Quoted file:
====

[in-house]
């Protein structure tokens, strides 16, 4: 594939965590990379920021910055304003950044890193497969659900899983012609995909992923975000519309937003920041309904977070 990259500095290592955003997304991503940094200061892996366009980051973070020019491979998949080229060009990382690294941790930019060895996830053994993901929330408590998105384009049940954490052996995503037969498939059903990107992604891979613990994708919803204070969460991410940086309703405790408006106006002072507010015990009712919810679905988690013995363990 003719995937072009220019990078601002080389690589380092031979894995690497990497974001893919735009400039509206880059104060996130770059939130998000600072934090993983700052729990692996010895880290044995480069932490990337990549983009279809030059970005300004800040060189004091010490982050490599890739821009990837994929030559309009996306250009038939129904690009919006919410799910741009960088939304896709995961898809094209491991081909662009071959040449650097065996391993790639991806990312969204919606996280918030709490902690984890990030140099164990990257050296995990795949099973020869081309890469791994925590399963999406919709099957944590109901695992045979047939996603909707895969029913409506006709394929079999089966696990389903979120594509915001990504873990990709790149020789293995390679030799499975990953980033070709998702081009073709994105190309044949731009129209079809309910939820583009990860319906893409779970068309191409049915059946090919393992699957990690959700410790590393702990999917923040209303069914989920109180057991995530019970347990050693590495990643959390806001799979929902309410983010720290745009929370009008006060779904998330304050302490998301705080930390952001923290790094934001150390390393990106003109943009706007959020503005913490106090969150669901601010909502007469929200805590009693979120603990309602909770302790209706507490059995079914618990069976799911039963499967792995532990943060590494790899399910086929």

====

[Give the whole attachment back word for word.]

[in-house]
């Protein structure tokens, strides 16, 4: 594939965590990379920021910055304003950044890193497969659900899983012609995909992923975000519309937003920041309904977070 990259500095290592955003997304991503940094200061892996366009980051973070020019491979998949080229060009990382690294941790930019060895996830053994993901929330408590998105384009049940954490052996995503037969498939059903990107992604891979613990994708919803204070969460991410940086309703405790408006106006002072507010015990009712919810679905988690013995363990 003719995937072009220019990078601002080389690589380092031979894995690497990497974001893919735009400039509206880059104060996130770059939130998000600072934090993983700052729990692996010895880290044995480069932490990337990549983009279809030059970005300004800040060189004091010490982050490599890739821009990837994929030559309009996306250009038939129904690009919006919410799910741009960088939304896709995961898809094209491991081909662009071959040449650097065996391993790639991806990312969204919606996280918030709490902690984890990030140099164990990257050296995990795949099973020869081309890469791994925590399963999406919709099957944590109901695992045979047939996603909707895969029913409506006709394929079999089966696990389903979120594509915001990504873990990709790149020789293995390679030799499975990953980033070709998702081009073709994105190309044949731009129209079809309910939820583009990860319906893409779970068309191409049915059946090919393992699957990690959700410790590393702990999917923040209303069914989920109180057991995530019970347990050693590495990643959390806001799979929902309410983010720290745009929370009008006060779904998330304050302490998301705080930390952001923290790094934001150390390393990106003109943009706007959020503005913490106090969150669901601010909502007469929200805590009693979120603990309602909770302790209706507490059995079914618990069976799911039963499967792995532990943060590494790899399910086929």